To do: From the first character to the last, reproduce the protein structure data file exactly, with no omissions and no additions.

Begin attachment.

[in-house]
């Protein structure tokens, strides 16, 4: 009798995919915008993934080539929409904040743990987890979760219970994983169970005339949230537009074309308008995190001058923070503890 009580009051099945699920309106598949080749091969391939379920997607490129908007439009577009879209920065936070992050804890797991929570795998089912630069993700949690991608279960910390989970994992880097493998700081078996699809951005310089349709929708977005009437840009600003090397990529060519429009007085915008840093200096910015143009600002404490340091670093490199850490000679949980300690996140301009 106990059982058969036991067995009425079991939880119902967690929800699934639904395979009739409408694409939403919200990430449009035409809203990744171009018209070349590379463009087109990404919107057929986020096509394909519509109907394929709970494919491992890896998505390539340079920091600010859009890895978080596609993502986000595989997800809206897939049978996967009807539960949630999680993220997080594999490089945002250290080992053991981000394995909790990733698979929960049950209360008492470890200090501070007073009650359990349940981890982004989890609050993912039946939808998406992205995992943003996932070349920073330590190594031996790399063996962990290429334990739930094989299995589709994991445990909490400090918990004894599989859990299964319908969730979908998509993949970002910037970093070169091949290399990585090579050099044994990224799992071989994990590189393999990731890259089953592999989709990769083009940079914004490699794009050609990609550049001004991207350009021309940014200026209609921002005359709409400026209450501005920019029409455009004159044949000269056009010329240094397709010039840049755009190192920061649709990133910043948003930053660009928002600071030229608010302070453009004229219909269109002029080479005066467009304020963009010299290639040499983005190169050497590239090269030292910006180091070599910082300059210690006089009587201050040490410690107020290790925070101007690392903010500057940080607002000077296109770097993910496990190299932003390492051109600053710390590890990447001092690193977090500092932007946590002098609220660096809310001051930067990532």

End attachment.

[in-house]
């Protein structure tokens, strides 16, 4: 009798995919915008993934080539929409904040743990987890979760219970994983169970005339949230537009074309308008995190001058923070503890 009580009051099945699920309106598949080749091969391939379920997607490129908007439009577009879209920065936070992050804890797991929570795998089912630069993700949690991608279960910390989970994992880097493998700081078996699809951005310089349709929708977005009437840009600003090397990529060519429009007085915008840093200096910015143009600002404490340091670093490199850490000679949980300690996140301009 106990059982058969036991067995009425079991939880119902967690929800699934639904395979009739409408694409939403919200990430449009035409809203990744171009018209070349590379463009087109990404919107057929986020096509394909519509109907394929709970494919491992890896998505390539340079920091600010859009890895978080596609993502986000595989997800809206897939049978996967009807539960949630999680993220997080594999490089945002250290080992053991981000394995909790990733698979929960049950209360008492470890200090501070007073009650359990349940981890982004989890609050993912039946939808998406992205995992943003996932070349920073330590190594031996790399063996962990290429334990739930094989299995589709994991445990909490400090918990004894599989859990299964319908969730979908998509993949970002910037970093070169091949290399990585090579050099044994990224799992071989994990590189393999990731890259089953592999989709990769083009940079914004490699794009050609990609550049001004991207350009021309940014200026209609921002005359709409400026209450501005920019029409455009004159044949000269056009010329240094397709010039840049755009190192920061649709990133910043948003930053660009928002600071030229608010302070453009004229219909269109002029080479005066467009304020963009010299290639040499983005190169050497590239090269030292910006180091070599910082300059210690006089009587201050040490410690107020290790925070101007690392903010500057940080607002000077296109770097993910496990190299932003390492051109600053710390590890990447001092690193977090500092932007946590002098609220660096809310001051930067990532």